News

Avocados Staying Riper Longer Thanks to Alumnus

college of engineering / biomedical engineering

James Rogers has figured out a way to keep the guacamole party going longer.

Rogers’ company, Apeel Sciences, has been working to extend the shelf life of fruits and vegetables. The 2007 alumnus earned his degree from Carnegie Melon in materials science and biomedical engineering, and has gone on to use polymer physics to create a minuscule edible barrier, trademarked as “Edipeel” and “Invisipeel.” The protectant shields fruits and vegetables from harmful environmental effects and protects them while they are growing and extends their shelf life by up to five times.

The idea for the company Rogers founded in 2012 came to him while studying polymer solar panels for his Ph.D. in materials science at the University of California at Santa Barbara. As part of that work, he would regularly drive lab samples from Santa Barbara to Lawrence Berkeley Laboratory, more than 300 miles north. One of those drives came after hearing a presentation on world hunger.

“I am looking out the window at these lush green fields, and I thought how is it we have these magical seeds that propagate and yet we have people on this planet going hungry? I found that we weren’t having trouble producing the food we needed, we were having trouble storing it after it was produced,” he said.

The enemies of fresh fruit and vegetables are loss of water, oxidation and attacks by bacteria and fungi, which the food industry combats with everything from refrigeration during shipment to waxing the surface of apples.

Made entirely from unused plant materials, the protectant is natural, clear, tasteless and odorless. The FDA-approved barriers have been tested with several organic farmers in California, and Rogers said “the company is now negotiating service agreements with several of the world’s largest produce exporters,” and has just begun sales of its products.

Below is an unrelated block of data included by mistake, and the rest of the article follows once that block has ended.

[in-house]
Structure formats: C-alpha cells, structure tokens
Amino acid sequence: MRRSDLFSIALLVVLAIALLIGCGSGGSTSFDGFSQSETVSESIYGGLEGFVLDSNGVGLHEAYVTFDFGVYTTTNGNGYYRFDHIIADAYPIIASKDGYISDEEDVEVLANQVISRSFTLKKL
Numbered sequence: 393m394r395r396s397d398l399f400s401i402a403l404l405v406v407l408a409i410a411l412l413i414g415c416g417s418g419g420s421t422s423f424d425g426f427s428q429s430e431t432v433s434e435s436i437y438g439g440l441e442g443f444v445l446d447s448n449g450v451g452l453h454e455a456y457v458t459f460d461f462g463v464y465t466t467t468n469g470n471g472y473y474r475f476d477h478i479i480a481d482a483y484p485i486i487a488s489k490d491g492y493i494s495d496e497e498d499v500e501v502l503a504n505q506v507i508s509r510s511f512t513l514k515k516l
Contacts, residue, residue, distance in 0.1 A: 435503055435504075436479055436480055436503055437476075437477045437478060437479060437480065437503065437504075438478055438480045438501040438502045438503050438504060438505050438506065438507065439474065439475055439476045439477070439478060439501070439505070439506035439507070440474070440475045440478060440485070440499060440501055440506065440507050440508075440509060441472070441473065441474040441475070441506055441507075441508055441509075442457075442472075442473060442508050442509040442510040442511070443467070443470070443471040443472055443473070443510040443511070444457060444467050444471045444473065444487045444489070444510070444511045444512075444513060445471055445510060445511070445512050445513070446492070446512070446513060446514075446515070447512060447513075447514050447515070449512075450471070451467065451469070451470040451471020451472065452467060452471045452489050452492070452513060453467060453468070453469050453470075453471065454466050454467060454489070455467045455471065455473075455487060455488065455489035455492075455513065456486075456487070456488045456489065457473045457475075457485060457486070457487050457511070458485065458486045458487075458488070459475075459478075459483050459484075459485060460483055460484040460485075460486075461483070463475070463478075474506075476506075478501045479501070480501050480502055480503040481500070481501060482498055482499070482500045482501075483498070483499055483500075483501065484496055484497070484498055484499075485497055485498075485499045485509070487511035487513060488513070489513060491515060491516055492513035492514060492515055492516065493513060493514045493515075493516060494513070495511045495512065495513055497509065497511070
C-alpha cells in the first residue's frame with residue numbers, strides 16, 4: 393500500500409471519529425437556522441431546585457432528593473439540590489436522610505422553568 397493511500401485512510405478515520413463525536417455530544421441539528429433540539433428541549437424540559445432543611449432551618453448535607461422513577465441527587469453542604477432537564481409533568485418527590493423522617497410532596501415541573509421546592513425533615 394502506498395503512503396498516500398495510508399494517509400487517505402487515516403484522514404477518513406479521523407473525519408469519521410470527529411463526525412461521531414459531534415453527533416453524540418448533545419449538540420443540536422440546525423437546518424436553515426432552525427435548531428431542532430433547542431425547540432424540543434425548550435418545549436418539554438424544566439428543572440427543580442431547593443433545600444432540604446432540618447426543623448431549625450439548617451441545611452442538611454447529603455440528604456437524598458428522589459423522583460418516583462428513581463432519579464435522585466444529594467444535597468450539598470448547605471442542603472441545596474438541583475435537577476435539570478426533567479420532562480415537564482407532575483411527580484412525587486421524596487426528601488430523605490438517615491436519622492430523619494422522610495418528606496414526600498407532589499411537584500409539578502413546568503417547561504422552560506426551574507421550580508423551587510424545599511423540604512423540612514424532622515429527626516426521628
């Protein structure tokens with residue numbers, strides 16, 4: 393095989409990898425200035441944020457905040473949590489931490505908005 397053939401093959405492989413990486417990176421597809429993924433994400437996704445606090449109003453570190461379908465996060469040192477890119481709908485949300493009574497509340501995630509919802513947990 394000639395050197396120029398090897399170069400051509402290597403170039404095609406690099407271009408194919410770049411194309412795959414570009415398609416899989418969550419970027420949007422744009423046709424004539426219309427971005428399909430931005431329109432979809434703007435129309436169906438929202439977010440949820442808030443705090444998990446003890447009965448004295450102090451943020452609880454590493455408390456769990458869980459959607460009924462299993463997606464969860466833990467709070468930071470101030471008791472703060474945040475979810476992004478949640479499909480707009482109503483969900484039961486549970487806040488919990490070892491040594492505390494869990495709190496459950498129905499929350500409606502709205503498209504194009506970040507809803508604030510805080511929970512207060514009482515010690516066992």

Apeel avocados supplied by Del Rey Avocado and Eco Farms began rolling out at Costco and Harps Food Stores in the U.S. Midwest in June, marking the company’s first supplier and retail partnerships.

Avocados are just the beginning of Apeel’s mission to fight food waste and bring fresher, better quality fruits and vegetables to more people everywhere.

The firm has received $40 million in startup funding, and the Bill and Melinda Gates Foundation is among its backers. With a $1.5 million grant from the Gates Foundation, Rogers and his team have been working with the cassava root, a vegetable that is a staple in the diet of millions of people in the developing world. Unfortunately, cassava only has a shelf life of about 48 hours, which makes the storing and transporting of cassava difficult.

The World Economic Forum recently recognized the company and named Apeel a 2018 World Economic Forum Technology Pioneer. Launched in 2000, the Technology Pioneer award recognizes entrepreneurs who contribute diverse solutions to the world's most pressing challenges. Past Technology Pioneers include Google, Airbnb, Kickstarter, Palantir Technologies, Twitter and Wikimedia. In 2018, Apeel joins a cohort of 61 trailblazing companies offering solutions in the fields of information technology, renewable energy, the environment, biotechnology and health.

The roots of Apeel can be traced back to Rogers time at Carnegie Mellon.

“Carnegie Mellon provided me with a broad exposure to a diversity of problems and a fundamental understanding of the underlying concepts of materials science,” Rogers said. “When I got to graduate school, I discovered this problem of produce preservation, but I already had the vocabulary and core understanding that was developed during my undergraduate studies. I would certainly be at a different place in my life if I didn’t go to Carnegie Mellon.”

At Carnegie Mellon, Rogers, earned his dual degree while co-captaining Carnegie Mellon’s undefeated 2006 football team.

“It was a grind, but I learned all the core concepts that got us to where we are today,” said the standout linebacker for the Tartans.

Being a part of Carnegie Mellon’s football team was a key factor for Rogers.

“Football created the structure I needed to be successful, because it was wake up, go to classes, go to football practice, go do homework and rinse and repeat. Even though it was an intense time commitment, the structure it provided was incredibly valuable,” he said.